New antimicrobials added to WHO essential medicines list
New antimicrobials to treat severe bacterial and fungal infections were among the drugs that the World Health Organization (WHO) included in its new Essential Medicines list, which is updated annually and serves as its recommended list of medicines that every health system should have.
For infectious diseases, new inclusions include cefiderocol, listed as a “reserve” drug that should be accessible but is reserved for treatment of confirmed or suspected multidrug-resistant infections. The reserve designation is part of the WHO’s AWaRe (Access, Watch, and Reserve) classification database, developed in 2017 to guide antimicrobial stewardship actions.
Other infectious disease additions include echinocandin antifungals, as well as monoclonal antibodies for rabies prevention. The list includes new formulations of medicines for common bacterial infections, including tuberculosis, to better meet dosing and administration needs for children and adults.
The WHO also classified 81 more antibiotics under the AWaRe framework.
Oct 1 WHO statement
CDC: 140 more Salmonella cases with unknown origin, 419 total
The Centers for Disease Control and Prevention (CDC) in an updated yesterday confirmed an additional 140 cases in an outbreak of Salmonella Oranienburg illnesses with no confirmed food source, bringing the outbreak total to 419 cases and 66 hospitalizations in 35 states.
So far there have been no deaths reported in this outbreak. Illnesses started on dates ranging from Jun 19 to Sep 14, the CDC said. The CDC first announced the outbreak on Sep 17, and cases have been increasing at a significant pace.
“The true number of sick people in an outbreak is likely much higher than the number reported, and the outbreak may not be limited to the states with known illnesses. This is because many people recover without medical care and are not tested for Salmonella,” the CDC said.
Multiple investigations into the source of the outbreak are ongoing. Texas has the most cases reported, with 111, followed by Oklahoma (63) and Virginia (38). Six states reported their first cases.
Sep 30 CDC update
Sep 24 CIDRAP News scan on previous update
Cases rise in Madagascar’s plague outbreak
The number of cases in Madagascar’s outbreak has risen to 42, of which 22 are confirmed, the WHO said today in an update based on data as of Sep 15. So far, eight deaths were reported among the confirmed cases, for a case-fatality rate of 37%.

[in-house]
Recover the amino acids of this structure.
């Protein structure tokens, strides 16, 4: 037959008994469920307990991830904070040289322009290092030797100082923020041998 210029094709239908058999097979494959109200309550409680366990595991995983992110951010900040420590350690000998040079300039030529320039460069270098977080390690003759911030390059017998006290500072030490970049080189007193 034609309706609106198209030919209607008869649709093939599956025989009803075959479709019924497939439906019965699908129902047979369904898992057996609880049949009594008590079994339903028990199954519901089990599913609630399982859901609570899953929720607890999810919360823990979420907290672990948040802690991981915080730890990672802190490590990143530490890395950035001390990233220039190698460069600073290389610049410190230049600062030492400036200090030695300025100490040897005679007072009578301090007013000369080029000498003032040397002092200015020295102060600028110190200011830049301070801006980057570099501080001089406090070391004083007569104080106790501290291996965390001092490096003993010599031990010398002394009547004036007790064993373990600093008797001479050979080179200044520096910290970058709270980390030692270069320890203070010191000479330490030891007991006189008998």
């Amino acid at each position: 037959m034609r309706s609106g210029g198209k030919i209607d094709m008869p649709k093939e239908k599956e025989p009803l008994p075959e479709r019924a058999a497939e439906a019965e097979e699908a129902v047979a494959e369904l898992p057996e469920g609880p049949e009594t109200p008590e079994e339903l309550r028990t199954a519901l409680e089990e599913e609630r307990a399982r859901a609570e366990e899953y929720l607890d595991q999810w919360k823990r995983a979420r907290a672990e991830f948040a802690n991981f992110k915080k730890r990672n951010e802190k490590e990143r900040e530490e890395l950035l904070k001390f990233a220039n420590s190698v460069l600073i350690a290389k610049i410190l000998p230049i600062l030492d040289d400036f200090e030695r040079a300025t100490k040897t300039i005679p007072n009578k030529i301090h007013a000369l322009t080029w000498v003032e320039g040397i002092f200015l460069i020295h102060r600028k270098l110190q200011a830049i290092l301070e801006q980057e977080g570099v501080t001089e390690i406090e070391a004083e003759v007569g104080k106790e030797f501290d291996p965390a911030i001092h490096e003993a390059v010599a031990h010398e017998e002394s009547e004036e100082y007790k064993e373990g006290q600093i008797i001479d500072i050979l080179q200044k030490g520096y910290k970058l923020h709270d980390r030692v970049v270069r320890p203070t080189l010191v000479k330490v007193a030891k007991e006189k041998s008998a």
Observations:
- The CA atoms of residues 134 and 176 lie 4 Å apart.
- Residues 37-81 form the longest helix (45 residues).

Of the 22 confirmed cases, 19 patients had pneumonic plague, the most severe form of the disease, and 3 had the bubonic version.
So far, the cases are reported from two separate regions: Itasy in the central part of the country and Haute Matsiatra in the south central part of the country. Plague is endemic in both areas, and both were highly affected during a large outbreak in 2017.
Health officials have identified 1,064 close contacts for follow-up and treatment. Initial results from the animal investigation reveal that 1.3% of the rats are carrying Yersinia pestis, the bacterium that causes plague, a level above the alert threshold of 1%. However, the number of fleas collected from the captured rats didn’t exceed the alert threshold.
The WHO said plague cases are reported in Madagascar each year and typically occur from September to April. The main affected area is the central highlands, where the current outbreak is occurring.
Risks of spread to urban areas and other parts of the country are high, due to the close proximity of the current outbreak to the country’s capital, Antananarivo.
Oct 1 WHO update
Two countries report more vaccine-derived polio cases
Two African nations—Madagascar and Senegal—reported polio cases this week, both involving vaccine-derived subtypes, the Global Polio Eradication Initiative (GPEI) said in its latest weekly update.
Madagascar reported two cases involving circulating vaccine-derived poliovirus type 1 (cVDPV1), one from Boeni and one from Menabe. The country has now reported eight such cases for 2021. For comparison, it reported two cVDPV1 cases in 2020.
Elsewhere, Senegal reported one circulating vaccine-derived poliovirus type 2 (cVDPV2) case, which was reported from Kaolack, bringing its total for the year to 14.
Sep 30 GPEI weekly update